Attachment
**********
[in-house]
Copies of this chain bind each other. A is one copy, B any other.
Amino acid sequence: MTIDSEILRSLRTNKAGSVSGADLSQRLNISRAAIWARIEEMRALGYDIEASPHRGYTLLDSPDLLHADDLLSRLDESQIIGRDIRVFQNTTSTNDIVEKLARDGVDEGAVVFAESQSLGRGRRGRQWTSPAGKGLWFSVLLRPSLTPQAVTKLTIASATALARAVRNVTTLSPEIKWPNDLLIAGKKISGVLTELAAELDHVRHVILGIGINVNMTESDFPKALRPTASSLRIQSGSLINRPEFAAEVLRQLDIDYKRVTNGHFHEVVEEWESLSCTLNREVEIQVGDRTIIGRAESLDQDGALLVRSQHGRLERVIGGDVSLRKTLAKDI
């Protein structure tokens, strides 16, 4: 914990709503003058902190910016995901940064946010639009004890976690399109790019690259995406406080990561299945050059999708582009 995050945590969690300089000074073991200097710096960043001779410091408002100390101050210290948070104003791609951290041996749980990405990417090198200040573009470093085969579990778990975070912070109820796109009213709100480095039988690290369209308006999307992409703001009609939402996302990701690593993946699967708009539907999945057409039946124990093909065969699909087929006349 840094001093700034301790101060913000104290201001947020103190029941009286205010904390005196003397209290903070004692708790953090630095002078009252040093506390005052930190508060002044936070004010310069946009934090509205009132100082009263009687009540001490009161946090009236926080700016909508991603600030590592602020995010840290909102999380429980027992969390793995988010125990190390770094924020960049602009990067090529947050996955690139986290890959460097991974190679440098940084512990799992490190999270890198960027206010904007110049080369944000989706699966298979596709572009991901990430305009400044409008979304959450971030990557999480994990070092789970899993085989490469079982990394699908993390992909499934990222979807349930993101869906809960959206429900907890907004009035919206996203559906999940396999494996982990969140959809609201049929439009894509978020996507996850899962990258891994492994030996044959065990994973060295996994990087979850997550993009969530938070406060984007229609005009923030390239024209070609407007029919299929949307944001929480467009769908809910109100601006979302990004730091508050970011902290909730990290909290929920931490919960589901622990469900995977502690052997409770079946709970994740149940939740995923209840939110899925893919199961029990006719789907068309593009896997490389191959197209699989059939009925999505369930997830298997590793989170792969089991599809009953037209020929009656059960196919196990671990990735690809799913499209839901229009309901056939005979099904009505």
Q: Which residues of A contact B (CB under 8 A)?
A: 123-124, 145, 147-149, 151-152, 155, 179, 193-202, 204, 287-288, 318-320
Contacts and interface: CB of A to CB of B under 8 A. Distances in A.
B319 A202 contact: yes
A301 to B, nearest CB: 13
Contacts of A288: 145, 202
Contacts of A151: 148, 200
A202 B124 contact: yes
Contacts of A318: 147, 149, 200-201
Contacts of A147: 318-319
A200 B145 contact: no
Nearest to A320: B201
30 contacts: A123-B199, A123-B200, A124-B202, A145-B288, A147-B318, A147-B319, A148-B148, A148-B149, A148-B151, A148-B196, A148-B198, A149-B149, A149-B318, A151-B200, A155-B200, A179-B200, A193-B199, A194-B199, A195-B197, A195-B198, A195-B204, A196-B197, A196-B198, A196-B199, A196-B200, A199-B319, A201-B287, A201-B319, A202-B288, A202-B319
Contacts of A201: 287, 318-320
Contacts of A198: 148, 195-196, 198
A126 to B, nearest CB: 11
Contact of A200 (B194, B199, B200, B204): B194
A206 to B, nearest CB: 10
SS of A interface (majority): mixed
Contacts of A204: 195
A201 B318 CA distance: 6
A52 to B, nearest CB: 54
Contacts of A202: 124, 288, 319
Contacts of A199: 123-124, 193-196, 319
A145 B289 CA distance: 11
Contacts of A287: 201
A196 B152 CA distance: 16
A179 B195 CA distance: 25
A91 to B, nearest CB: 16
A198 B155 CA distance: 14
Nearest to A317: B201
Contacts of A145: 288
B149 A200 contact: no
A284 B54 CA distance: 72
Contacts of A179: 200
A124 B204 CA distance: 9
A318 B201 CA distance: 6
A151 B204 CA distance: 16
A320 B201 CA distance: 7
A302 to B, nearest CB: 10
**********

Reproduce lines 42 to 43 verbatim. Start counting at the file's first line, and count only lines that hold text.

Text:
A151 B204 CA distance: 16
A320 B201 CA distance: 7